Fleetwood Mac: 40 Years of Creative Chaosby Donald Brackett
Fleetwood Mac's distinctive sound, first really captured in the 1977 record Rumours, launched the group into the commercial stratosphere, and over the past three decades they have never looked back. All along the way their dysfunctional relationships have informed their professional success, as well as their personal downfalls. By writing and singing about/i>
Fleetwood Mac's distinctive sound, first really captured in the 1977 record Rumours, launched the group into the commercial stratosphere, and over the past three decades they have never looked back. All along the way their dysfunctional relationships have informed their professional success, as well as their personal downfalls. By writing and singing about their problems, Fleetwood Mac has transformed what breaks them apart into what keeps them together. They have turned their dark relationship dilemmas into glittering entertainment. In this highly entertaining chronicle, author Donald Brackett provides readers with a special opportunity to review the band's complicated history and reconsider the personal, dynamic sources of their classic albums and enduring hits.
The band drummer Mick Fleetwood and bassist John McVie started in 1967 has gone through more personnel changes and stylistic innovations than any other pop group in our cultural history. The story of the group began when John Mayall and Alexis Korner, the band's mentors, launched a mid-'60s British blues revival. Ex-Mayall players Fleetwood and McVie then went on to form an incendiary band of psychedelic blues under the name Fleetwood Mac. But it was not until hearing a little-known 1973 record from Lindsey Buckingham and Stevie Nicks that Mick Fleetwood heard the future sound and true pop potential of his own group.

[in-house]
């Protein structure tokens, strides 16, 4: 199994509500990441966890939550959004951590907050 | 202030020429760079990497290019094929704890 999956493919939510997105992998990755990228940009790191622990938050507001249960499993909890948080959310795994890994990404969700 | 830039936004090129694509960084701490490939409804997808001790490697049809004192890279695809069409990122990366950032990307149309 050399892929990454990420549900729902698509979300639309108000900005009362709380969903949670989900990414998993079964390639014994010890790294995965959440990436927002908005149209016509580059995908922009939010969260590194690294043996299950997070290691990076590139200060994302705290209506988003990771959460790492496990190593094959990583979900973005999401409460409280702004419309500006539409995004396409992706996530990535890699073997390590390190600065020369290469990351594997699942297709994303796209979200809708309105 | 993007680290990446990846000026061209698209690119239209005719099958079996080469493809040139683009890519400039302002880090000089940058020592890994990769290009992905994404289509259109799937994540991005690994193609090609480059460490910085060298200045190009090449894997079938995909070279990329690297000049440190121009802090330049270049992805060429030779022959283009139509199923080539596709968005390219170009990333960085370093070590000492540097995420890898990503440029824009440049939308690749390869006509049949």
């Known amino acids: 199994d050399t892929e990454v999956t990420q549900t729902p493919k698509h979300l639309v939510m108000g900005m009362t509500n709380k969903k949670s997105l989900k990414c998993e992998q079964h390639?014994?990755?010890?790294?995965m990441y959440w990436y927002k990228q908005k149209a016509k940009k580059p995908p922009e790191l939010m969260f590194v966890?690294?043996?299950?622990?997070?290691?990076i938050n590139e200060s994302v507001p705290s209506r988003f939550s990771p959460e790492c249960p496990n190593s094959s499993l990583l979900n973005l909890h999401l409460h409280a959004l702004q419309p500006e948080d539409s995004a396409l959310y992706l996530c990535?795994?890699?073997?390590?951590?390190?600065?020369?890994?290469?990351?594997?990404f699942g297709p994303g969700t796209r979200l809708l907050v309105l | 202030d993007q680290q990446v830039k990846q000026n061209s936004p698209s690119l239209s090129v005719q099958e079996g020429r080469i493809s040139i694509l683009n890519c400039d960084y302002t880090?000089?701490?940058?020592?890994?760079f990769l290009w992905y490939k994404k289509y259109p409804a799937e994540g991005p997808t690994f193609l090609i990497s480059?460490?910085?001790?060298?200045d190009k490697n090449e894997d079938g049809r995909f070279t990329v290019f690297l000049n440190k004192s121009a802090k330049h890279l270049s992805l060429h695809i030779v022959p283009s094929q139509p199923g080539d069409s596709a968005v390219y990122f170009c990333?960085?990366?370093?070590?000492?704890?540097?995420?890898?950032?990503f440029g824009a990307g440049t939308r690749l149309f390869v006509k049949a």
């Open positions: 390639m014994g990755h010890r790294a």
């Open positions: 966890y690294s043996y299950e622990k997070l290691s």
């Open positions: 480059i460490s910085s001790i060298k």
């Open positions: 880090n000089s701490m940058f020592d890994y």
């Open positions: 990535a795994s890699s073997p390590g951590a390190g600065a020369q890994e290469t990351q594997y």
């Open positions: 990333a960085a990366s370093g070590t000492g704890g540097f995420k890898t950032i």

- ABC-CLIO, Incorporated
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- 6.14(w) x 9.21(h) x 0.56(d)
Meet the Author
Donald Brackett is a Toronto-based art and music critic who specializes in contemporary popular culture subjects. He writes regularly for a wide cross section of national media, both in print and broadcast formats, among them: Globe and Mail, National Post, Canadian Art Magazine and Art in America. He has been the Executive Director of both the Professional Art Dealers Association and the Ontario Association of Art Galleries, and is currently on the faculty of Centennial College in Toronto, where he teaches The History of Art and The Business of Art. His forthcoming book, Dark Mirror: The Pathology of the Singer-Songwriter, will be published by Praeger.
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